transmitted by a host.  This successfully mitigates the impact of
   receiving Stretch ACKs.  TCP Sender Pacing implies increased
   processing cost per packet, and requires a prediction algorithm to
   suggest a suitable transmission rate.  There are hence performance
   trade-offs between end host cost and network performance.
   Specification of efficient algorithms remains an area of ongoing
   research.  Use of TCP Sender Pacing is not expected to introduce new
   problems.  It is an experimental mitigation for TCP hosts that may
   control the burstiness of transmission (e.g., resulting from Type 1
   techniques, section 5.1.2), however it is not currently widely
   deployed.  It is not recommended for use within the Internet in its
   current form.

4.7 TCP Byte Counting

   The TCP sender can avoid slowing growth of cwnd by taking into
   account the volume of data acknowledged by each ACK, rather than
   opening the cwnd based on the number of received ACKs.  So, if an ACK
   acknowledges d data packets (or TCP data segments), the cwnd would
   grow as if d separate ACKs had been received.  This is called TCP
   Byte Counting [RFC2581, RFC2760].  (One could treat the single ACK as
   being equivalent to d/2, instead of d ACKs, to mimic the effect of
   the TCP delayed ACK algorithm.)  This policy works because cwnd
   growth is only tied to the available capacity in the forward
   direction, so the number of ACKs is immaterial.

   This may mitigate the impact of asymmetry when used in combination
   with other techniques (e.g., a combination of TCP Pacing
   (section4.6), and ACC (section 4.3) associated with a duplicate ACK
   threshold at the receiver.)

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   The main issue is that TCP byte counting may generate undesirable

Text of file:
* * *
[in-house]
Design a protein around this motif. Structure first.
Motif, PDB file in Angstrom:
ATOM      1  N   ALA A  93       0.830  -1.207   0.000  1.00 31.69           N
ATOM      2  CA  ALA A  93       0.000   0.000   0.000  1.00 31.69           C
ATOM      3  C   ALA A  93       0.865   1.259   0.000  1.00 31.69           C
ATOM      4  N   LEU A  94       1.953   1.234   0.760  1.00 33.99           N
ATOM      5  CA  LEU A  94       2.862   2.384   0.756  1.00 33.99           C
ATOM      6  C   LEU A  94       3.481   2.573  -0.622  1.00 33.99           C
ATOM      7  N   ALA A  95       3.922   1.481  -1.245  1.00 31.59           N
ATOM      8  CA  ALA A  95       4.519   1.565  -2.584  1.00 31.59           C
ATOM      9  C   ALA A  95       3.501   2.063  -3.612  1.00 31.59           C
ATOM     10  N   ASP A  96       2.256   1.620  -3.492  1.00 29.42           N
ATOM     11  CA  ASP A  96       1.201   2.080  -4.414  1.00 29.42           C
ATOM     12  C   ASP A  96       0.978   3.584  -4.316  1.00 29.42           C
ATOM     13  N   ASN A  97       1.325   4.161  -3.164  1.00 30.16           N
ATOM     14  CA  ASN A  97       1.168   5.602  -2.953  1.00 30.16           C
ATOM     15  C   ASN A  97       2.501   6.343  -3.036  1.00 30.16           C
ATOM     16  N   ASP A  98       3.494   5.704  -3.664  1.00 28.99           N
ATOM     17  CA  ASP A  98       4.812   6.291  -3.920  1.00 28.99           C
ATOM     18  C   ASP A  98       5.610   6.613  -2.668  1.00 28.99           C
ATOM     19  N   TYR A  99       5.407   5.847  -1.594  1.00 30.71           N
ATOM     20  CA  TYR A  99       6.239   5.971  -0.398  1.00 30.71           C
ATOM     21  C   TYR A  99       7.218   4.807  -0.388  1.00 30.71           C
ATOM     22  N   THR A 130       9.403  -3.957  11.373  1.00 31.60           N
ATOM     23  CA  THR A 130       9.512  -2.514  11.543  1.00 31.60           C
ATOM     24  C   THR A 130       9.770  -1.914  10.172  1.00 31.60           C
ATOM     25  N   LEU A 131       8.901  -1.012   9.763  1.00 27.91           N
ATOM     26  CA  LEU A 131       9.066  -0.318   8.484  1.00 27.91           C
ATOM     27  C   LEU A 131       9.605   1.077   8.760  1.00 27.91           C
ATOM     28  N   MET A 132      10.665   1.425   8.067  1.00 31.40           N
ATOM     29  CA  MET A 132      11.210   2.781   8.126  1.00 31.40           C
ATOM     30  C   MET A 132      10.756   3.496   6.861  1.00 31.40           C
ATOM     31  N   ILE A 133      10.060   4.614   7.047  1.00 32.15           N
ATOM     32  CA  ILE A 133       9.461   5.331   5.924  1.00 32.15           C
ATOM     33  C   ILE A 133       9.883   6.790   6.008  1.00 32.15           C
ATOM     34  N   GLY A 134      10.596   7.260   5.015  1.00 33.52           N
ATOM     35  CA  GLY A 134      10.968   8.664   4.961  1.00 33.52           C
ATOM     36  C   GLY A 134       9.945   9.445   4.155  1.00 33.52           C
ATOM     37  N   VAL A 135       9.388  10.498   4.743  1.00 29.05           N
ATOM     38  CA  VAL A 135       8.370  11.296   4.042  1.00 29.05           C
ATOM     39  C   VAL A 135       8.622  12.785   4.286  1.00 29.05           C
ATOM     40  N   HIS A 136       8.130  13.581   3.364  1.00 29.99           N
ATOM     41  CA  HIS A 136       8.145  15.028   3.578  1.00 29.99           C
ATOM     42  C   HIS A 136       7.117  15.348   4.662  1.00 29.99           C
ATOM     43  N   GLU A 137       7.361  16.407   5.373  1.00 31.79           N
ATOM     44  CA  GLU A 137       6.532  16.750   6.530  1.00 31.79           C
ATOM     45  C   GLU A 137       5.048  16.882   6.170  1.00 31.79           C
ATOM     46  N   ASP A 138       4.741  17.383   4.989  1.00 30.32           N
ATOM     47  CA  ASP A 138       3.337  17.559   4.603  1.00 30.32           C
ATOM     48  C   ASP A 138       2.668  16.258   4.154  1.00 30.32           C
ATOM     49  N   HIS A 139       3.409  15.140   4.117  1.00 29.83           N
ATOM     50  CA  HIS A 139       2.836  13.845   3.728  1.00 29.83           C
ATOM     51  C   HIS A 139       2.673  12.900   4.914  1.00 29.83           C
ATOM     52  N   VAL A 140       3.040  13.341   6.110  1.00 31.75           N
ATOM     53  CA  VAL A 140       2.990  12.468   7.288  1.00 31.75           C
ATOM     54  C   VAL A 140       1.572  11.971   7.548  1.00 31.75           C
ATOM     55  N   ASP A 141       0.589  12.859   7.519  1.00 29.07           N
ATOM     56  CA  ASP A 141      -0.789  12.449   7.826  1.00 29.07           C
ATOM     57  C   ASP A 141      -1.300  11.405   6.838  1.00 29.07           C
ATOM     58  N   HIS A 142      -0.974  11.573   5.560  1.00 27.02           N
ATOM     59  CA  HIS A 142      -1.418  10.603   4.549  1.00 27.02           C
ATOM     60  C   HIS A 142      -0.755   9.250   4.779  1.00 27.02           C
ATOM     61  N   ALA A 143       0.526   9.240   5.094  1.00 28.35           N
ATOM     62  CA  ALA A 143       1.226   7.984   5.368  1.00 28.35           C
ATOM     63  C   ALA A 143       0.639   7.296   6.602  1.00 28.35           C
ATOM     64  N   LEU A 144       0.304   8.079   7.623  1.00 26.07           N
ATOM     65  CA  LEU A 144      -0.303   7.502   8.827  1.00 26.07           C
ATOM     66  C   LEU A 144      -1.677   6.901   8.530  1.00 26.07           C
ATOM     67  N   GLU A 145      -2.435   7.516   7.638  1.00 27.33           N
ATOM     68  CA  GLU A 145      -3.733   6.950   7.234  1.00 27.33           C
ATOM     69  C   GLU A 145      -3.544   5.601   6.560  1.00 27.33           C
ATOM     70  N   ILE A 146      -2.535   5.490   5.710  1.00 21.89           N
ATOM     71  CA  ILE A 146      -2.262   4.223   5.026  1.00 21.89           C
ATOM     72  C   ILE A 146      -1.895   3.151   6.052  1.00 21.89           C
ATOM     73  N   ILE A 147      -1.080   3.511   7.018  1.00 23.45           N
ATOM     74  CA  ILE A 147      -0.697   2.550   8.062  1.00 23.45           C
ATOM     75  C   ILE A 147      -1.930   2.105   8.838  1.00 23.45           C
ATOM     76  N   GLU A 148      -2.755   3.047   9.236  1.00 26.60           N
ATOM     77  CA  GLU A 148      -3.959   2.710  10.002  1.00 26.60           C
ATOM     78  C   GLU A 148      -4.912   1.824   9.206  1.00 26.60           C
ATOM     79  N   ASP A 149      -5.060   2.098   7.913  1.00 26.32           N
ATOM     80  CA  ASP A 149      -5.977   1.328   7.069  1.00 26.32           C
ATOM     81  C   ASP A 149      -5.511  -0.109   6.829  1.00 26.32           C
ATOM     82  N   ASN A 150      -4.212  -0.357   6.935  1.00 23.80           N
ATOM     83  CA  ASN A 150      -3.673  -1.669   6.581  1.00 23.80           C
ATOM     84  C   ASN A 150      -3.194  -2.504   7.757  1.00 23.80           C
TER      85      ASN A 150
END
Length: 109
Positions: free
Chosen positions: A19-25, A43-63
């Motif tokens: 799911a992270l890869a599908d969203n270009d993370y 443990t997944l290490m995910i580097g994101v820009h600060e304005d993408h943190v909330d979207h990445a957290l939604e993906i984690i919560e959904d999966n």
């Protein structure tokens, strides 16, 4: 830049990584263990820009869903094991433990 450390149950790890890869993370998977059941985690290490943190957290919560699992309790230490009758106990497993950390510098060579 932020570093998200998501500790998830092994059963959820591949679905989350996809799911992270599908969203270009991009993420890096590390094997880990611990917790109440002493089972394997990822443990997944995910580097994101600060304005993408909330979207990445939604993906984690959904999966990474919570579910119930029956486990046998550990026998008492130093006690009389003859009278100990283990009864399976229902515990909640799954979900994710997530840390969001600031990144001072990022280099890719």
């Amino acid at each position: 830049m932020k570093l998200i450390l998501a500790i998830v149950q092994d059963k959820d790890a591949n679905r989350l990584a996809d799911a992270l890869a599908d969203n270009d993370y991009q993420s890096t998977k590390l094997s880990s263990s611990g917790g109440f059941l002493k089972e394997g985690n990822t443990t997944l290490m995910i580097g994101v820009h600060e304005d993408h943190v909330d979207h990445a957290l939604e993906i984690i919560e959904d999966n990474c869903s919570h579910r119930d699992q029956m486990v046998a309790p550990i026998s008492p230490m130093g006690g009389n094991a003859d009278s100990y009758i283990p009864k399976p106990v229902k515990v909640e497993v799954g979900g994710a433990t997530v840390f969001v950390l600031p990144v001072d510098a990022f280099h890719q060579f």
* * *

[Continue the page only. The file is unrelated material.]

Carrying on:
long bursts of TCP packets at the sender host line rate.  An
   implementation must also consider that data packets in the forward
   direction and ACKs in the reverse direction may both travel over
   network paths that perform some amount of packet reordering.
   Reordering of IP packets is currently common, and may arise from
   various causes [BPS00].

   RECOMMENDATION: TCP Byte Counting requires a small TCP sender
   modification.  In its simplest form, it can generate large bursts of
   TCP data packets, particularly when Stretch ACKs are received.
   Unlimited byte counting is therefore not allowed [RFC2581] for use
   within the Internet.

   It is therefore strongly recommended [RFC2581, RFC2760] that any byte
   counting scheme should include a method to mitigate the potentially
   large bursts of TCP data packets the algorithm can cause (e.g., TCP
   Sender Pacing (section 4.6), ABC [abc-ID]).  If the burst size or
   sending rate of the TCP sender can be controlled then the scheme may
   be beneficial when Stretch ACKs are received.  Determining safe
   algorithms remain an area of ongoing research.  Further
   experimentation will then be required to assess the success of these
   safeguards, before they can be recommended for use in the Internet.

4.8 Backpressure

   Backpressure is a technique to enhance the performance of
   bidirectional traffic for end hosts directly connected to the
   upstream bottleneck link [KVR98].  A limit is set on how many data
   packets of upstream transfers can be enqueued at the upstream
   bottleneck link.  In other words, the bottleneck link queue exerts
   'backpressure' on the TCP (sender) layer.  This requires a modified
   implementation, compared to that currently deployed in many TCP
   stacks.  Backpressure ensures that ACKs of downstream connections do
   not get starved at the upstream bottleneck, thereby improving
   performance of the downstream connections.  Similar generic schemes
   that may be implemented in hosts/routers are discussed in section

   Backpressure can be unfair to a reverse direction connection and make
   its throughput highly sensitive to the dynamics of the forward

   RECOMMENDATION: Backpressure requires an experimental modification to
   the sender protocol stack of a host directly connected to an upstream
   bottleneck link.  Use of backpressure is an implementation issue,
   rather than a network protocol issue.  Where backpressure is